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How grownups are tuning into podcasts and audiobooks for bedtime stories

It takes their mind off the pandemic anxiety and helps them drift off to sleep.

Published: 20th June 2021 05:00 AM  |   Last Updated: 19th June 2021 04:49 PM   |  A+A-

Podcast, music, headphones, audiobook

Representational image

Express News Service

Twenty-three-year-old Aditya Raj is back to his childhood days. He sleeps while listening to the stories from Panchatantra these days. Only that the impromptu 'once upon a time' stories by his grandmother have been replaced by a podcast and earphones that play these tales of morality and valour any time he is ready to call it a day.

The data engineer from Dumka, Jharkhand, started this bedtime ritual soon after the pandemic hit. "Podcasts took my mind off the upsetting news floating on social media. They helped me relax so much that I would go to bed with Episode 1 but wake up on Episode 10 (sic)," chuckles Raj, who tunes in to comedian Zakir Khan's self-help podcast Ummeed just as frequently.

Raj is among the growing number of adults who are putting their screens away at night and sleeping to audio stories instead. Take the case of Suganthan Asokan from Chennai. The 27-year-old marketing professional puts on funny podcasts like Hoezay's Kaanmasti and those related to football and business to “go to bed with a positive mind”.

Seetu Tewari too tunes in to the kahaanis by Prem Chand and Sarat Chandra to tune out the “trauma” she witnesses as a reporter during the day. "In these stories, I meet characters who I would have met in real life had the pandemic not cooped us in. It's reassuring to sleep knowing that I am still connected to the outside world," says the 30-year-old from Patna.

People are indeed struggling to sleep since the outbreak of coronavirus. Dr N Ramakrishnan, Senior Consultant in Sleep Medicine, and Director of Nithra Institute of Sleep Sciences in Chennai, calls it the lockdown sleep syndrome.

"Besides the general anxiety about health and jobs, many are suffering from 'bed anxiety', stressing about things like 'will I get sleep?' or 'when will I get sleep?' These stories probably help take their mind off," he says.

Creators are making use of soothing voice-overs, vivid descriptions, meditative tunes, ASMR sounds (like whispering and tapping), white noises and long silences. These stories are mostly adapted and in English, and the originals are often written with no beginning, middle or end.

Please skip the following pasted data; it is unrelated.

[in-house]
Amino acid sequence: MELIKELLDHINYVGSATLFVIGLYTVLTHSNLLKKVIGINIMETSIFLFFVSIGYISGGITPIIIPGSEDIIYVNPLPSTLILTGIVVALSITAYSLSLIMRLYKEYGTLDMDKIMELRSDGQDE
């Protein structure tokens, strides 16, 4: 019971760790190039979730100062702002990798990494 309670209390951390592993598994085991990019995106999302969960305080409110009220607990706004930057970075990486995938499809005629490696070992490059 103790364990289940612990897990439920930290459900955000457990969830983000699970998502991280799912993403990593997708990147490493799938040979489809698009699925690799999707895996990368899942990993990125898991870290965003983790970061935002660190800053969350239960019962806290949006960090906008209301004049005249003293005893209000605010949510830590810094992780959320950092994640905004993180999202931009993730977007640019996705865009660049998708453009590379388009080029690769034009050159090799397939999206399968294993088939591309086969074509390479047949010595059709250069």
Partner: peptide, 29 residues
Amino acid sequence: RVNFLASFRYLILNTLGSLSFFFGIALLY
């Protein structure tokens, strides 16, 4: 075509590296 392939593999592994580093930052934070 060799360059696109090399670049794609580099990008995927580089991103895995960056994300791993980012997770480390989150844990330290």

Or, as Surbhi Jain from Bengaluru tells us over a laugh, "The beauty of sleep stories is that they begin interestingly but turn slow and boring, causing the listener to doze off."

She puts up original bedtime stories on her YouTube channel Neend, in Hindi, once in three days, of 15-25 minutes each. They are set in India, sometimes in the Himalayas, sometimes in a village fair, because Jain believes Indians can relate to these better than "the lavender gardens of the US".

Launched at the peak of the second wave in April, her channel has logged an average listenership of 1.5 lakh since.

Likewise, the Indian arm of audiobook giant Audible has seen a massive surge in the listenership of their sleep and meditation content in the past one month, says Country Head Shailesh Sawlani. Their 'Audible Sleep Collection' that dropped in April 2020 includes 15 bedtime stories and soundscapes as well as short pieces on sleep dynamics.

Many have been crafted by wellness experts such as Sara Auster and Gabby Bernstein, and voiced by international celebs like actor Tony Shahloub, celebrity chef Curtis Stone and singer Nick Jonas.

Even Mindhouse, a mental wellness app, roped in Indian actors Rahul Bose, Konkona Sen Sharma and Amol Parashar to lend their crisp voice to A Night in the Forest, A Swiss Mountain Adventure and The Ice Crest Beach respectively. "The average download of the app increased threefold when we launched these sleep stories in November 2020," co-founder Pooja Khanna shares.

In terms of the genre, fitness app Ultrahuman has seen more traffic for romance, travel and ASMR stories. The team says they have more bedtime stories for adults than children and their listenership peaks at around 10:45 pm.

On the other hand, Storytel has been curating audiobooks on the themes of happiness, meditation and overcoming grief. "Adults end up listening to children stories too, such as Hiss, Don’t Bite," says Yogesh Dashrath, Country Manager, Storytel India. Since these stories run for over 10 hours at times, the apps let you set a timer, post which the book will switch off.

In that sense, tech consultant Sowmya Raghavan has found a balance. "I listen to audiobooks from 9.30 pm, hit the pause button at 10.30 pm, and sleep off in the next 15 minutes. This is yoga nidra for me, also a throwback to my childhood," signs off Raghavan, who’s heard a dozen bed-time stories in Tamil and English, including Enid Blyton stories, since the pandemic.

Topping the charts

  • Classics like The Eyes Have It, and The Leopard and I (Ruskin Bond), and Heidi (Johanna Spyri), on Ultrahuman

  • Bedtime Stories for Adults (short stories by Pauline Mason) and The Power of Your Subconscious Mind (Dr Joseph Murphy and Mitch Horowitz), on Storytel

  • Bedtime Stories for Cynics (Nick Offerman) and Sleep 101 (original), on Audible

  • A Swiss Mountain Adventure, and A Night in the Forest (originals), on Mindhouse

  • Chandni Raat Aur Samudra (original), on Neend



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